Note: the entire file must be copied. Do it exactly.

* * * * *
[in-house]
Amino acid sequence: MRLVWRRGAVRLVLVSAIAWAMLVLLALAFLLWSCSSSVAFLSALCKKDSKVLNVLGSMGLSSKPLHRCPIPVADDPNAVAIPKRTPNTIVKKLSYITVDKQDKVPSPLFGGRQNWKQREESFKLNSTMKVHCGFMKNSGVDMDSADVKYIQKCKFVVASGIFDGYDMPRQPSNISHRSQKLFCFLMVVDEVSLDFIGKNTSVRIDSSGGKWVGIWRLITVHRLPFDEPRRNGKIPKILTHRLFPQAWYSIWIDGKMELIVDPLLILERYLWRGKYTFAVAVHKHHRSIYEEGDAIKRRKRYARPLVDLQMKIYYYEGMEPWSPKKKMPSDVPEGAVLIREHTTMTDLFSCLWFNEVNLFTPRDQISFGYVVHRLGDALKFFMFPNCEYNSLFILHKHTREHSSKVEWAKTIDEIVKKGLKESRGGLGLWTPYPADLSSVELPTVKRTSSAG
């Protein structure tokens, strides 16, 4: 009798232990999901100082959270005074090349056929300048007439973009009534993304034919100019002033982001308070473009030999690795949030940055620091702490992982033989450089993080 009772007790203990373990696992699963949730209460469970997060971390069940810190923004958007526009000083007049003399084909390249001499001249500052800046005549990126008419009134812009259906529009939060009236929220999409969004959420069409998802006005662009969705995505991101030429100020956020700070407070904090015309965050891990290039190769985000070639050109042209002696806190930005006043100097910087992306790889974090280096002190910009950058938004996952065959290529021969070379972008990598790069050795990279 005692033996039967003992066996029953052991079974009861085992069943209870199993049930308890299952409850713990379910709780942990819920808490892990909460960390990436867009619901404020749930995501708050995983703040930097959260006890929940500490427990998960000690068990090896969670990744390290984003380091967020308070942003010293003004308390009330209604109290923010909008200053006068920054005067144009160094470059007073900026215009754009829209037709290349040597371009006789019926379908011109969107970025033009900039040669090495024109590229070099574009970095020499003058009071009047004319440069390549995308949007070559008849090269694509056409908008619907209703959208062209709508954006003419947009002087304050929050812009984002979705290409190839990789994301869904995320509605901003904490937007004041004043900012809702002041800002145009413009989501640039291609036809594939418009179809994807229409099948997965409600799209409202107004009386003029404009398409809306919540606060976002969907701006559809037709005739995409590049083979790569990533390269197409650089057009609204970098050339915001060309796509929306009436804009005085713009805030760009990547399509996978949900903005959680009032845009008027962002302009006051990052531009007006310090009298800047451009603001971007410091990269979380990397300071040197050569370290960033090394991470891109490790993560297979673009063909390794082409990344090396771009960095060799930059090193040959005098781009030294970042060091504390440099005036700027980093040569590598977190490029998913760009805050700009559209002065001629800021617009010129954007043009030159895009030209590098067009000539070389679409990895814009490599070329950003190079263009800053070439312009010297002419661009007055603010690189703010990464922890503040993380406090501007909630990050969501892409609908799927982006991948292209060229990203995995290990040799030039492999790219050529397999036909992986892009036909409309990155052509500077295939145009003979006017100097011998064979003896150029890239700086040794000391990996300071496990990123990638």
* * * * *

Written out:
[in-house]
Amino acid sequence: MRLVWRRGAVRLVLVSAIAWAMLVLLALAFLLWSCSSSVAFLSALCKKDSKVLNVLGSMGLSSKPLHRCPIPVADDPNAVAIPKRTPNTIVKKLSYITVDKQDKVPSPLFGGRQNWKQREESFKLNSTMKVHCGFMKNSGVDMDSADVKYIQKCKFVVASGIFDGYDMPRQPSNISHRSQKLFCFLMVVDEVSLDFIGKNTSVRIDSSGGKWVGIWRLITVHRLPFDEPRRNGKIPKILTHRLFPQAWYSIWIDGKMELIVDPLLILERYLWRGKYTFAVAVHKHHRSIYEEGDAIKRRKRYARPLVDLQMKIYYYEGMEPWSPKKKMPSDVPEGAVLIREHTTMTDLFSCLWFNEVNLFTPRDQISFGYVVHRLGDALKFFMFPNCEYNSLFILHKHTREHSSKVEWAKTIDEIVKKGLKESRGGLGLWTPYPADLSSVELPTVKRTSSAG
């Protein structure tokens, strides 16, 4: 009798232990999901100082959270005074090349056929300048007439973009009534993304034919100019002033982001308070473009030999690795949030940055620091702490992982033989450089993080 009772007790203990373990696992699963949730209460469970997060971390069940810190923004958007526009000083007049003399084909390249001499001249500052800046005549990126008419009134812009259906529009939060009236929220999409969004959420069409998802006005662009969705995505991101030429100020956020700070407070904090015309965050891990290039190769985000070639050109042209002696806190930005006043100097910087992306790889974090280096002190910009950058938004996952065959290529021969070379972008990598790069050795990279 005692033996039967003992066996029953052991079974009861085992069943209870199993049930308890299952409850713990379910709780942990819920808490892990909460960390990436867009619901404020749930995501708050995983703040930097959260006890929940500490427990998960000690068990090896969670990744390290984003380091967020308070942003010293003004308390009330209604109290923010909008200053006068920054005067144009160094470059007073900026215009754009829209037709290349040597371009006789019926379908011109969107970025033009900039040669090495024109590229070099574009970095020499003058009071009047004319440069390549995308949007070559008849090269694509056409908008619907209703959208062209709508954006003419947009002087304050929050812009984002979705290409190839990789994301869904995320509605901003904490937007004041004043900012809702002041800002145009413009989501640039291609036809594939418009179809994807229409099948997965409600799209409202107004009386003029404009398409809306919540606060976002969907701006559809037709005739995409590049083979790569990533390269197409650089057009609204970098050339915001060309796509929306009436804009005085713009805030760009990547399509996978949900903005959680009032845009008027962002302009006051990052531009007006310090009298800047451009603001971007410091990269979380990397300071040197050569370290960033090394991470891109490790993560297979673009063909390794082409990344090396771009960095060799930059090193040959005098781009030294970042060091504390440099005036700027980093040569590598977190490029998913760009805050700009559209002065001629800021617009010129954007043009030159895009030209590098067009000539070389679409990895814009490599070329950003190079263009800053070439312009010297002419661009007055603010690189703010990464922890503040993380406090501007909630990050969501892409609908799927982006991948292209060229990203995995290990040799030039492999790219050529397999036909992986892009036909409309990155052509500077295939145009003979006017100097011998064979003896150029890239700086040794000391990996300071496990990123990638």